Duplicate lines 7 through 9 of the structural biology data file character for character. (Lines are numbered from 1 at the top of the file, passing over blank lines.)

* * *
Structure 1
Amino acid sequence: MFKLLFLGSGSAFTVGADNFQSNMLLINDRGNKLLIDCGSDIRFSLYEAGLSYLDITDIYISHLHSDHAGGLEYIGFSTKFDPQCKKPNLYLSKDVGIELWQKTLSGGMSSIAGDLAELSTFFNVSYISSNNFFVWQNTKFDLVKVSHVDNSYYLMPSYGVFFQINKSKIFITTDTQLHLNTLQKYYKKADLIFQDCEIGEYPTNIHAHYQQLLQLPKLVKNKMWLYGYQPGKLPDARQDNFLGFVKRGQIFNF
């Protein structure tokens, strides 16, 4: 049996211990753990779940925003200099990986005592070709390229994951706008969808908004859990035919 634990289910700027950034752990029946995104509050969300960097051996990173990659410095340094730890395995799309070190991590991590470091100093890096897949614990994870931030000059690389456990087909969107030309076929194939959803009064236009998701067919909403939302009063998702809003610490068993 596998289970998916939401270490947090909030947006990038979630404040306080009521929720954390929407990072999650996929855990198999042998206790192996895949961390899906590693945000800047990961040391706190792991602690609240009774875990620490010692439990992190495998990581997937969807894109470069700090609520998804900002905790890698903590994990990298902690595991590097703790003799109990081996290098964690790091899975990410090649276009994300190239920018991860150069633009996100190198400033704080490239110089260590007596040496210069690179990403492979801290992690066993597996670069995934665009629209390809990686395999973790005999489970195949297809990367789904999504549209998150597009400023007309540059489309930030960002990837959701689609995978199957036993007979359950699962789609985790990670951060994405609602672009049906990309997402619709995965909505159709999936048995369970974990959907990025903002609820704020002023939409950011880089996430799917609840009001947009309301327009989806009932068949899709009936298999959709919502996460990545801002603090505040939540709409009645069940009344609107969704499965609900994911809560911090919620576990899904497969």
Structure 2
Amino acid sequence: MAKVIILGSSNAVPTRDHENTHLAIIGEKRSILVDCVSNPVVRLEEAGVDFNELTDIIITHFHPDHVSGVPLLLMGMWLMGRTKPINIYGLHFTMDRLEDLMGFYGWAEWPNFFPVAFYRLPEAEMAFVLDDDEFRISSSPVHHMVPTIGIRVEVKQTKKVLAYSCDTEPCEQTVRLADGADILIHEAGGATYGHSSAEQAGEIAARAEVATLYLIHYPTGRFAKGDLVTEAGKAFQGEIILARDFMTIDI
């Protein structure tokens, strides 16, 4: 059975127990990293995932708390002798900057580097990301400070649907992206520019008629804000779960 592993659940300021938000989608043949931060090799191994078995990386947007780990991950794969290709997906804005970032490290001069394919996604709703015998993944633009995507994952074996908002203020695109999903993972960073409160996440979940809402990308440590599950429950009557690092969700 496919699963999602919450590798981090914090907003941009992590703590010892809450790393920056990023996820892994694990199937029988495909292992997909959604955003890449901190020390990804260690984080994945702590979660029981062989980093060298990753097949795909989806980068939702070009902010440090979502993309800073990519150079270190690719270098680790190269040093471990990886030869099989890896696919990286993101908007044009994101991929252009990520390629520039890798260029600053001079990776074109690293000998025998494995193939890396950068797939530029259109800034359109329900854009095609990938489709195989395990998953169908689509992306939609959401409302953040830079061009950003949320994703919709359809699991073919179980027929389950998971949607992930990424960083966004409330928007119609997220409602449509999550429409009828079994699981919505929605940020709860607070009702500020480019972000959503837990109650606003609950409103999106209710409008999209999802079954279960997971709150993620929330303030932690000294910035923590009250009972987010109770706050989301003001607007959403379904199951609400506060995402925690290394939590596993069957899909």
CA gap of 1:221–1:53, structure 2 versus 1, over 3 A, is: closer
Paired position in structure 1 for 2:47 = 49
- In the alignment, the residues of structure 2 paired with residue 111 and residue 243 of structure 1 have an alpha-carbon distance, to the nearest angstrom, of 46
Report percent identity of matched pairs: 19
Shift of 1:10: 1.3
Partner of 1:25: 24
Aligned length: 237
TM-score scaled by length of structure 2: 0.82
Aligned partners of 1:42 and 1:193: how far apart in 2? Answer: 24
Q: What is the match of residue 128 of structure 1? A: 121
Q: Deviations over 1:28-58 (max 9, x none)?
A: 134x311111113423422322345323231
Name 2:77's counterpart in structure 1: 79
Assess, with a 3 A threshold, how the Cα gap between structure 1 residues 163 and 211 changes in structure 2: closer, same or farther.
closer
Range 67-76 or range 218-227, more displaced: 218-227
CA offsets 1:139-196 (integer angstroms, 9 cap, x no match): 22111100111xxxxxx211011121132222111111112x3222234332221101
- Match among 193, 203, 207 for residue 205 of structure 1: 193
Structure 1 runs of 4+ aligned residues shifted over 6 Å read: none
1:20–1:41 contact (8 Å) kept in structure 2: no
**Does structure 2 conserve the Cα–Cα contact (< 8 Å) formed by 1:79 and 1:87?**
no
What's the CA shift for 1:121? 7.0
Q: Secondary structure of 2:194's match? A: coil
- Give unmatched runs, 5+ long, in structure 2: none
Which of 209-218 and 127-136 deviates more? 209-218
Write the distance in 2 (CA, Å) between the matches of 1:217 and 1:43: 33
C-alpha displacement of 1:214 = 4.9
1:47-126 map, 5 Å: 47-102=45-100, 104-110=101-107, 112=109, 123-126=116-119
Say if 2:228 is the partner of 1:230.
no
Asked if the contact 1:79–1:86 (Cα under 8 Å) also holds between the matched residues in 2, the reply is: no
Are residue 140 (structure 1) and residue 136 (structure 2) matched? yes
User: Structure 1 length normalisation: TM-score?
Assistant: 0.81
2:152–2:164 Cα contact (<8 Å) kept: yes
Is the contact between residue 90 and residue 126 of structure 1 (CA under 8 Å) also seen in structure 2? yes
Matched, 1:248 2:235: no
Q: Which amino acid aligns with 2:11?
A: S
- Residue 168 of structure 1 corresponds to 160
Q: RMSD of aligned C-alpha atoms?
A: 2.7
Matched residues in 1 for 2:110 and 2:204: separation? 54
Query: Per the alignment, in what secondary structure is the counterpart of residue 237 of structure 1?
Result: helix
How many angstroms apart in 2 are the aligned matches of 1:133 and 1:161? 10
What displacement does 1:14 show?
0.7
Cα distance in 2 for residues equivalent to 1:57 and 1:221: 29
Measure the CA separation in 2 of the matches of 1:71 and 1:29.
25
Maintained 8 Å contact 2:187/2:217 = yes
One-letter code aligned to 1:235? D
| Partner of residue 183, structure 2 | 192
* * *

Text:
CA gap of 1:221–1:53, structure 2 versus 1, over 3 A, is: closer
Paired position in structure 1 for 2:47 = 49
- In the alignment, the residues of structure 2 paired with residue 111 and residue 243 of structure 1 have an alpha-carbon distance, to the nearest angstrom, of 46